It was a collision watched by millions of fans on television, and one that came at a pivotal juncture as Tiger Woods sought to win The Open. It also gave Colin Hauck the story of a lifetime.

Hauck was among dozens of fans situated along the left side of the 11th hole during the final round at Carnoustie as the pairing of Woods and Francesco Molinari hit their approach shots. After 10 holes of nearly flawless golf, Woods missed the fairway off the tee and then pulled his iron well left of the target.

The ball made square contact with Hauck, who hours later tweeted a video showing the entire sequence - even as he continued to record after Woods' shot sent him tumbling to the ground:

The bounce initially appeared fortuitous for Woods, as his ball bounded away from thicker rough and back toward the green. But an ambitious flop shot came up short, and he eventually made a double bogey to go from leading by a shot to trailing by one. He ultimately shot an even-par 71, tying for sixth two shots behind Molinari.

For his efforts as a human shield, Hauck received a signed glove and a handshake from Woods - not to mention a firsthand video account that will be sure to spark plenty of conversations in the coming years.

Getty Images

Molinari retirement plan: coffee, books and Twitter

By Will GrayJuly 22, 2018, 9:35 pm

After breaking through for his first career major, Francesco Molinari now has a five-year exemption on the PGA Tour, a 10-year exemption in Europe and has solidified his standing as one of the best players in the world.

But not too long ago, the 35-year-old Italian was apparently thinking about life after golf.

Shortly after Molinari rolled in a final birdie putt to close out a two-shot victory at The Open, fellow Tour player Wesley Bryan tweeted a picture of a note that he wrote after the two played together during the third round of the WGC-HSBC Champions in China in October. In it, Bryan shared Molinari's plans to retire as early as 2020 to hang out at cafes and "become a Twitter troll":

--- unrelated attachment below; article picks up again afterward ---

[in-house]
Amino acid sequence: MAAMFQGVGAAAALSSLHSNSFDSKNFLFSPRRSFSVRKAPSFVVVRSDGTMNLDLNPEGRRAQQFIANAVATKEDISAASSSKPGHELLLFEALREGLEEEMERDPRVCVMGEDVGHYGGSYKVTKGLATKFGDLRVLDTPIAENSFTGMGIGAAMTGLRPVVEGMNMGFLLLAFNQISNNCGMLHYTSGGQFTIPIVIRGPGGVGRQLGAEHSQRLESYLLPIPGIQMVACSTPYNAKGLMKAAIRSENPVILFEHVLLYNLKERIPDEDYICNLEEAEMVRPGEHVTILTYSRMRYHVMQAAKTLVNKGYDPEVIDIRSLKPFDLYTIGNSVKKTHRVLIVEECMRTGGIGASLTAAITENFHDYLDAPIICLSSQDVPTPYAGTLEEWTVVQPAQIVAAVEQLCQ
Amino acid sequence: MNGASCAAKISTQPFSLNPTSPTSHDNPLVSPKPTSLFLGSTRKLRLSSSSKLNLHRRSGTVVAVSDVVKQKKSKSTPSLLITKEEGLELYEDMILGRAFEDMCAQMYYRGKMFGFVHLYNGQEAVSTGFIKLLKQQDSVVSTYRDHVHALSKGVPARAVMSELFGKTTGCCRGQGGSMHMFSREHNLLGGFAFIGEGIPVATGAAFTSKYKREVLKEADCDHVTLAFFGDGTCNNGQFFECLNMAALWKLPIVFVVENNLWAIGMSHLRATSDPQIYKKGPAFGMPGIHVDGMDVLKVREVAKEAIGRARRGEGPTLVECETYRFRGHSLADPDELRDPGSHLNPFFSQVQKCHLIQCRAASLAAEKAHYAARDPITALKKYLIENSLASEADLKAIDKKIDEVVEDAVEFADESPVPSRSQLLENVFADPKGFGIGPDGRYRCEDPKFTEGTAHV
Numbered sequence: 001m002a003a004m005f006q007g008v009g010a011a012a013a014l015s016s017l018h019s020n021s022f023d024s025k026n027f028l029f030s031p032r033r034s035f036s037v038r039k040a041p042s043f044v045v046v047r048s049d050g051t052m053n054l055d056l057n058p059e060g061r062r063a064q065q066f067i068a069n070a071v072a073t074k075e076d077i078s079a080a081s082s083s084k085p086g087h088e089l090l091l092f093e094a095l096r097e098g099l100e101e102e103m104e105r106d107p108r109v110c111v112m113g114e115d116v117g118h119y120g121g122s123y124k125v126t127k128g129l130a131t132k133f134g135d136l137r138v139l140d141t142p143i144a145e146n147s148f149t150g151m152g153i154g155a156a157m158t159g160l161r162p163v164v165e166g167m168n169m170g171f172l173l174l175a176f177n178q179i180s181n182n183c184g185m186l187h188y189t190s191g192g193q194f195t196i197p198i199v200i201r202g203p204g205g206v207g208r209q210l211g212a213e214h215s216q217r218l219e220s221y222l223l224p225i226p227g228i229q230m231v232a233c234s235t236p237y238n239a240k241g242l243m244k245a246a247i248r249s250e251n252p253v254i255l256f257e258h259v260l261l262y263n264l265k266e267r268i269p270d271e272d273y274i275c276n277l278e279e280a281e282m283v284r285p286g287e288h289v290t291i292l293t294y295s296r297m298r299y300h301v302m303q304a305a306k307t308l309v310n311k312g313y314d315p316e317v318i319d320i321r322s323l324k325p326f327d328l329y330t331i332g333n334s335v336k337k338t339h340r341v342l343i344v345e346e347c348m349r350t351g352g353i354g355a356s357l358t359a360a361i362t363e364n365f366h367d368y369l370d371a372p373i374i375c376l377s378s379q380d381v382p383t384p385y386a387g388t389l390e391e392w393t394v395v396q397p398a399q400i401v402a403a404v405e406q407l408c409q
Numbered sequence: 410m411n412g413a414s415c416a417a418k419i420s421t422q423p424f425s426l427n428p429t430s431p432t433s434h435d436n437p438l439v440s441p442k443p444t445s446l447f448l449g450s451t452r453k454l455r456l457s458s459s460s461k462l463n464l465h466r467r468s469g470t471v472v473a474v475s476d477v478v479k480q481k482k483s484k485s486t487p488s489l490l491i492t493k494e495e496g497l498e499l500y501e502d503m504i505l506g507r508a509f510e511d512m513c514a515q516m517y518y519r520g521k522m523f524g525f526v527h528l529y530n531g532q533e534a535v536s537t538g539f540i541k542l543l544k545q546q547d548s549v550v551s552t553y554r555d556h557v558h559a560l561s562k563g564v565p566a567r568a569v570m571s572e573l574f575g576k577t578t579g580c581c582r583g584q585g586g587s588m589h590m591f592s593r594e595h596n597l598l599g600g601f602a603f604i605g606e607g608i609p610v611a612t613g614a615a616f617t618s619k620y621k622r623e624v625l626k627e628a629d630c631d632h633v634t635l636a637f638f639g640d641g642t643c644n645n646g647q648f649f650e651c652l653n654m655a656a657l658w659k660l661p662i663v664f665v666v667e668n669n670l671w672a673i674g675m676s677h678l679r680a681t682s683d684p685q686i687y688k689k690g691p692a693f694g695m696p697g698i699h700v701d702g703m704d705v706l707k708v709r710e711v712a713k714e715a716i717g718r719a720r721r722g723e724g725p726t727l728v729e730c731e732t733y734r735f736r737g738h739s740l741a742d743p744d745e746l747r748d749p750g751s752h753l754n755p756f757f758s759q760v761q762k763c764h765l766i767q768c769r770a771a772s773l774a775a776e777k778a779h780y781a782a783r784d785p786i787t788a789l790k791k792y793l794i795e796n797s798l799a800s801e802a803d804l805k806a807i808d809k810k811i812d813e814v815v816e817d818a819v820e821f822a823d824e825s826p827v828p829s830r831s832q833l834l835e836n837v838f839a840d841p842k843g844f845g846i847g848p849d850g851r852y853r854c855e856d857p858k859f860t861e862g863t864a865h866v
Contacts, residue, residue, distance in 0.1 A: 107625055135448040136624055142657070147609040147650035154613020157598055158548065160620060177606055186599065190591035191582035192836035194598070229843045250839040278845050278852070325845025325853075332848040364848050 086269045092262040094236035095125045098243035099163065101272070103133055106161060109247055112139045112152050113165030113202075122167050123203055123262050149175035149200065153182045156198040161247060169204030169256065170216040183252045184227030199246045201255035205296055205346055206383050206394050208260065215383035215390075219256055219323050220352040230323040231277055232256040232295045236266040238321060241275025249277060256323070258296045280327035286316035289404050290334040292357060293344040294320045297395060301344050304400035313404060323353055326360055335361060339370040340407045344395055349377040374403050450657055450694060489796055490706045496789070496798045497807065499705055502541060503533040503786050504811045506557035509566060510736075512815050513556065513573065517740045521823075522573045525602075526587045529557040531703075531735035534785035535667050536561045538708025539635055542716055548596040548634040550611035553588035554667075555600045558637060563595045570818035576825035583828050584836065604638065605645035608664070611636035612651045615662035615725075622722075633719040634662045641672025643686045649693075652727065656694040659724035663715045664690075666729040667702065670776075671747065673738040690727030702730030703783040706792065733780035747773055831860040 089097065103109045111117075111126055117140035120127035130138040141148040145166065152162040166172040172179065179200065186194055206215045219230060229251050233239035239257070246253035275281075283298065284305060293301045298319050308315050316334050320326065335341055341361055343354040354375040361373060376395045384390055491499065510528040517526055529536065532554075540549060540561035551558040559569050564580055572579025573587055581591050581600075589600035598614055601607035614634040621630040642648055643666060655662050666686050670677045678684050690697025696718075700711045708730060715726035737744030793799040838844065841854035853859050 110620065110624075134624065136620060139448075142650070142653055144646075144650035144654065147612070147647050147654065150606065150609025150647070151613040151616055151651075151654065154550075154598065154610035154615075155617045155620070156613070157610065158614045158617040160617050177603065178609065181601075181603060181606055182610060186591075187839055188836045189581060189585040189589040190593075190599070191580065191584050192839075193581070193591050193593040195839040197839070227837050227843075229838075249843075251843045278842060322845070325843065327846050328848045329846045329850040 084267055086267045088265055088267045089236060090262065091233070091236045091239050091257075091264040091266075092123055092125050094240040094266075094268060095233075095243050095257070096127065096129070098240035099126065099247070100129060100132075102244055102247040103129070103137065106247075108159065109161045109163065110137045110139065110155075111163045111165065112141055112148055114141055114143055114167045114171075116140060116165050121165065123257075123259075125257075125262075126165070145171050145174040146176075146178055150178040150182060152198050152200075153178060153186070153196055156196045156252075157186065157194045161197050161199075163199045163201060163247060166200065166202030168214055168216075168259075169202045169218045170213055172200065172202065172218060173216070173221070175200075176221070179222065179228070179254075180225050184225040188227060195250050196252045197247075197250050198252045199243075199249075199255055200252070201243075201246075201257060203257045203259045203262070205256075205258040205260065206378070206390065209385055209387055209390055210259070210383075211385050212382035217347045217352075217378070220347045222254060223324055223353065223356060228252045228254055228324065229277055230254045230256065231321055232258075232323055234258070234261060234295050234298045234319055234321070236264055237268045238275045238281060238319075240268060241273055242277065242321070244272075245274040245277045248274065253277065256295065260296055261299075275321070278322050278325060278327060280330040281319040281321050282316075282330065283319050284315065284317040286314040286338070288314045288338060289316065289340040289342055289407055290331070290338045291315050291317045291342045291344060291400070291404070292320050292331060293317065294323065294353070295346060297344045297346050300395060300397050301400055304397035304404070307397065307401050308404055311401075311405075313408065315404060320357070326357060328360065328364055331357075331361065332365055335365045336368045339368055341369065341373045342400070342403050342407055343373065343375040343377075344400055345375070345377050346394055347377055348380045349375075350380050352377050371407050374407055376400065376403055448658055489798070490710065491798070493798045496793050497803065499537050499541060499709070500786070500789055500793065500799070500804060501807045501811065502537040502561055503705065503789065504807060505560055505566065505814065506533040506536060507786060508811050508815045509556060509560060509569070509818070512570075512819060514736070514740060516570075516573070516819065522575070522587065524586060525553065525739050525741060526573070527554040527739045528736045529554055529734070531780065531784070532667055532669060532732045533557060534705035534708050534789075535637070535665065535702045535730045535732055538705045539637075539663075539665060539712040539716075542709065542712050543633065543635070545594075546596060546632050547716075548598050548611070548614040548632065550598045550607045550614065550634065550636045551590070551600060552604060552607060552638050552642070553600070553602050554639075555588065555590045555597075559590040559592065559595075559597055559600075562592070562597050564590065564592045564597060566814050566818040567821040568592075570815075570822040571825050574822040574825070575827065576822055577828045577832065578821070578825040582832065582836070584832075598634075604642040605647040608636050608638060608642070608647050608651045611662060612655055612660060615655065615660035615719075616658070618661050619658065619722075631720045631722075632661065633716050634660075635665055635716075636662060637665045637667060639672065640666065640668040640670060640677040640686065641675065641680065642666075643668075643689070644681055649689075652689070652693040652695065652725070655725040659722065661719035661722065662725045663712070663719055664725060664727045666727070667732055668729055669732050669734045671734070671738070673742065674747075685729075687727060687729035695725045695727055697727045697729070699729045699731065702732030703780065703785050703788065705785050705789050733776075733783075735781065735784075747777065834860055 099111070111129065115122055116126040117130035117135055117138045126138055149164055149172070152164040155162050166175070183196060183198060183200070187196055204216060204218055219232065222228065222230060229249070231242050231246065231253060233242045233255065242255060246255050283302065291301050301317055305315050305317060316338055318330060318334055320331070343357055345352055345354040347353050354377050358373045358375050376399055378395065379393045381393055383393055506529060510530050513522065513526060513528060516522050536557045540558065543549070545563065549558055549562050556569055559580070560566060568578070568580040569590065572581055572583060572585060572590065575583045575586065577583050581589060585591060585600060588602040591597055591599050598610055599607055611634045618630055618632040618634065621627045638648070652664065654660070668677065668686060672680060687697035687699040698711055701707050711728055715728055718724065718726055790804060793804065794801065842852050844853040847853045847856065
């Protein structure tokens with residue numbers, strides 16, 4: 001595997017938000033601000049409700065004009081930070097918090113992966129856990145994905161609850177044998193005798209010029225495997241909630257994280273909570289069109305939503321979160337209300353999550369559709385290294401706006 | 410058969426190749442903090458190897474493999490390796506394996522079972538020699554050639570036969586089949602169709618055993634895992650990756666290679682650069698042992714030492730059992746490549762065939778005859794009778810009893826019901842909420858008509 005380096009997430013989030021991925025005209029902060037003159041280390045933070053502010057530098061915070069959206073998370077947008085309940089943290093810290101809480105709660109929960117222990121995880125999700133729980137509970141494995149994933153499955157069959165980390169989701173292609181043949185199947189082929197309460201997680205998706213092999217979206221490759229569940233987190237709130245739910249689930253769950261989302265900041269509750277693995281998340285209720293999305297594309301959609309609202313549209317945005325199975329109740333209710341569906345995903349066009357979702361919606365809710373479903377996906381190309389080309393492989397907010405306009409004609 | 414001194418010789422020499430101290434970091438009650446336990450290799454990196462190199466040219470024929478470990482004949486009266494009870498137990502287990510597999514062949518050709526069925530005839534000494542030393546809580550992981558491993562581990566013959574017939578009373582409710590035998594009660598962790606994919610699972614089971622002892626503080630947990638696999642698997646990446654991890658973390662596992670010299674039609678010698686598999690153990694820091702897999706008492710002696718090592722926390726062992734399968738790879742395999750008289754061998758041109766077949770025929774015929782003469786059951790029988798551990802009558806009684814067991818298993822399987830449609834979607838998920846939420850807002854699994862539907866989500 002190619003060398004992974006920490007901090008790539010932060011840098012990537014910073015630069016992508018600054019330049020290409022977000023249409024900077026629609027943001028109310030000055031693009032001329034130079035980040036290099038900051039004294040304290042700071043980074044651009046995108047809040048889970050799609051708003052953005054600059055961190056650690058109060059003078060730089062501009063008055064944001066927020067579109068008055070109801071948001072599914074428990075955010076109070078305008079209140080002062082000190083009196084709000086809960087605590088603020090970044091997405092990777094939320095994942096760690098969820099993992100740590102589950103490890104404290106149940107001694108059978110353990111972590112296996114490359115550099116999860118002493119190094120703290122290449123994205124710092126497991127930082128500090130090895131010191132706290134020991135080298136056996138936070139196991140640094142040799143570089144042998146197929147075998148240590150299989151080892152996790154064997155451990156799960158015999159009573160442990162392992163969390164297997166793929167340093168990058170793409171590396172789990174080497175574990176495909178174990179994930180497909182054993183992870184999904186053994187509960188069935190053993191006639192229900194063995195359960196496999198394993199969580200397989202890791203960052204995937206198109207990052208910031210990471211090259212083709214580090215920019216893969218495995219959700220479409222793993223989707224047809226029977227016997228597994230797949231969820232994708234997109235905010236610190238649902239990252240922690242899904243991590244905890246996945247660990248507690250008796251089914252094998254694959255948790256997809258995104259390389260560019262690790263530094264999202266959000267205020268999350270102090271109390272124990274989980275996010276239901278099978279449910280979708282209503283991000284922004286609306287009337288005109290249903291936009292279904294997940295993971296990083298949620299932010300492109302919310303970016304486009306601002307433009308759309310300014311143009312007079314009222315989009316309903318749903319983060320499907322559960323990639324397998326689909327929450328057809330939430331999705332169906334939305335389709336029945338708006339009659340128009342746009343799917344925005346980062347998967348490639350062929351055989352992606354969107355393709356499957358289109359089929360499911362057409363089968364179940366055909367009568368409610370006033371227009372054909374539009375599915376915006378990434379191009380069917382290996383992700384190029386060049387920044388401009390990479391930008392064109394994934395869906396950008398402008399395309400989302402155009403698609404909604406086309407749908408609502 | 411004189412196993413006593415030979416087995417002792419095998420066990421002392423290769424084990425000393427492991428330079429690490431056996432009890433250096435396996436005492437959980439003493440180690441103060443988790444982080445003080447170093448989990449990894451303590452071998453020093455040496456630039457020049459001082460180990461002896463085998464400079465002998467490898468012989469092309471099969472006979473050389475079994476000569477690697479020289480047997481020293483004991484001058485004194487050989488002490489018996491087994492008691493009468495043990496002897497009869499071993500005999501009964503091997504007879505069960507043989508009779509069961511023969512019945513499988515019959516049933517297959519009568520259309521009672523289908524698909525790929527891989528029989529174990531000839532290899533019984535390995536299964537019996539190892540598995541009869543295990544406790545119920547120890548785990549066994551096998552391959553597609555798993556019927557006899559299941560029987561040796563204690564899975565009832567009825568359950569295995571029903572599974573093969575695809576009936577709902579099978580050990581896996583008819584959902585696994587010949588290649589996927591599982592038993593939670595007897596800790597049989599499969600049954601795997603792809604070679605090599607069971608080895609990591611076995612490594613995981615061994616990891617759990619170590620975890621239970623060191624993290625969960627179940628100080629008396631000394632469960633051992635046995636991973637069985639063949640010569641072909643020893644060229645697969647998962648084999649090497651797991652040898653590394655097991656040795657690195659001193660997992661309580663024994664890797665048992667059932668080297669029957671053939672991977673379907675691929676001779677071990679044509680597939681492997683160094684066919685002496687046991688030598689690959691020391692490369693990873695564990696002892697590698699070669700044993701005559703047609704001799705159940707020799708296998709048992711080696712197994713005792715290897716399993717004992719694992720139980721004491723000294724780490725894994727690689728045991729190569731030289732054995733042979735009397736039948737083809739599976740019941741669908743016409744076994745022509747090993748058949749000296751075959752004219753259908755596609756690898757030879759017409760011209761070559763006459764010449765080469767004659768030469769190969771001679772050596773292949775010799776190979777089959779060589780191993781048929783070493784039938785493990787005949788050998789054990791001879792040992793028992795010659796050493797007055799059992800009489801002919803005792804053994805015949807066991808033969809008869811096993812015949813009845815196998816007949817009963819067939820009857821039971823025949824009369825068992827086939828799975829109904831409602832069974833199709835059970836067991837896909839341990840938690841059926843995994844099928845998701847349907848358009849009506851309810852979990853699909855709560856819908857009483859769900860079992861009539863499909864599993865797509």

Molinari is active on the social media platform, with more than 5,600 tweets sent out to nearly 150,000 followers since joining in 2010. But after lifting the claret jug at Carnoustie, it appears one of the few downsides of Molinari's victory is that the golf world won't get to see the veteran turn into a caffeinated, well-read troll anytime soon.

Getty Images

Molinari had previously avoided Carnoustie on purpose

By Rex HoggardJuly 22, 2018, 9:17 pm

CARNOUSTIE, Scotland – Sometimes a course just fits a player’s eye. They can’t really describe why, but more often than not it leads to solid finishes.

Francesco Molinari’s relationship with Carnoustie isn’t like that.

The Italian played his first major at Carnoustie, widely considered the toughest of all The Open venues, in 2007, and his first impression hasn’t really changed.

“There was nothing comforting about it,” he said on Sunday following a final-round 69 that lifted him to a two-stroke victory.

Full-field scores from the 147th Open Championship

Full coverage of the 147th Open Championship

In fact, following that first exposure to the Angus coast brute, Molinari has tried to avoid Carnoustie, largely skipping the Dunhill Links Championship, one of the European Tour’s marquee events, throughout his career.

“To be completely honest, it's one of the reasons why I didn't play the Dunhill Links in the last few years, because I got beaten up around here a few times in the past,” he said. “I didn't particularly enjoy that feeling. It's a really tough course. You can try and play smart golf, but some shots, you just have to hit it straight. There's no way around it. You can't really hide.”

Molinari’s relative dislike for the layout makes his performance this week even more impressive considering he played his last 37 holes bogey-free.

“To play the weekend bogey-free, it's unthinkable, to be honest. So very proud of today,” he said.